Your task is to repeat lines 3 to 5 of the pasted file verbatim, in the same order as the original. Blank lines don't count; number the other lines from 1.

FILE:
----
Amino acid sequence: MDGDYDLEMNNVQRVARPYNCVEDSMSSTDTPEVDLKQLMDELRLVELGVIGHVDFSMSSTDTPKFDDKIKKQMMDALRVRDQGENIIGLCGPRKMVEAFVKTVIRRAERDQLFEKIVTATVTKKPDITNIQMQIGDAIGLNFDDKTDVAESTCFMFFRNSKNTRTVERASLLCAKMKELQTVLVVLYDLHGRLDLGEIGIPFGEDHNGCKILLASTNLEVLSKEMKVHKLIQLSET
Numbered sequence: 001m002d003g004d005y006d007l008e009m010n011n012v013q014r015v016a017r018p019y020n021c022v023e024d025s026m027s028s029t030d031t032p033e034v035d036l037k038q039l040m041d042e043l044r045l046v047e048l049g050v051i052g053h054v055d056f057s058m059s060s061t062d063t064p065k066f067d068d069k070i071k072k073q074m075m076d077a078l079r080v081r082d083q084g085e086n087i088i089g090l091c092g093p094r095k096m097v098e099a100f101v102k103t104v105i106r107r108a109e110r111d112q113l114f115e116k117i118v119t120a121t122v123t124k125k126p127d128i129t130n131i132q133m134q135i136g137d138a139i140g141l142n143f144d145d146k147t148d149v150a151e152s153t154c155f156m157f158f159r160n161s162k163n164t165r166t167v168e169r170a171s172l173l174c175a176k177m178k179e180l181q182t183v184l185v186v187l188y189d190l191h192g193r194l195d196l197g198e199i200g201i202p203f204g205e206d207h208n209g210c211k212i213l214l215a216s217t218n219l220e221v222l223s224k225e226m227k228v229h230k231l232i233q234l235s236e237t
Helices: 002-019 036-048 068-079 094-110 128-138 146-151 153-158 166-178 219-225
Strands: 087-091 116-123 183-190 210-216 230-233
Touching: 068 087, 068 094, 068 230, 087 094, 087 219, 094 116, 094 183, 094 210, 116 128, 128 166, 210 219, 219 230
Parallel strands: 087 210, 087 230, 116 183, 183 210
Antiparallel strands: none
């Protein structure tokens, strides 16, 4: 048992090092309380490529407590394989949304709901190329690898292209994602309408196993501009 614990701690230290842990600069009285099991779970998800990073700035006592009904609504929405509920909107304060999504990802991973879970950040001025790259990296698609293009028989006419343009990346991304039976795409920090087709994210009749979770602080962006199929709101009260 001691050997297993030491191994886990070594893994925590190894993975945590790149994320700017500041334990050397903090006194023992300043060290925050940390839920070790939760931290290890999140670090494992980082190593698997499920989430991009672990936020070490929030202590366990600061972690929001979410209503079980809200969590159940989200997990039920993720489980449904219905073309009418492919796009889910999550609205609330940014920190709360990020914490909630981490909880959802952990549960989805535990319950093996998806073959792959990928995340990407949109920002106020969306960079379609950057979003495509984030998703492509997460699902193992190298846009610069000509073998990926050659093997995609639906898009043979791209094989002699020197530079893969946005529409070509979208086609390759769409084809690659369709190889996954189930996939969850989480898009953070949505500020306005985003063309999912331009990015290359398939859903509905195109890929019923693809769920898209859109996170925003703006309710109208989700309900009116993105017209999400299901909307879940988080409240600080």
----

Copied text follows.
Helices: 002-019 036-048 068-079 094-110 128-138 146-151 153-158 166-178 219-225
Strands: 087-091 116-123 183-190 210-216 230-233
Touching: 068 087, 068 094, 068 230, 087 094, 087 219, 094 116, 094 183, 094 210, 116 128, 128 166, 210 219, 219 230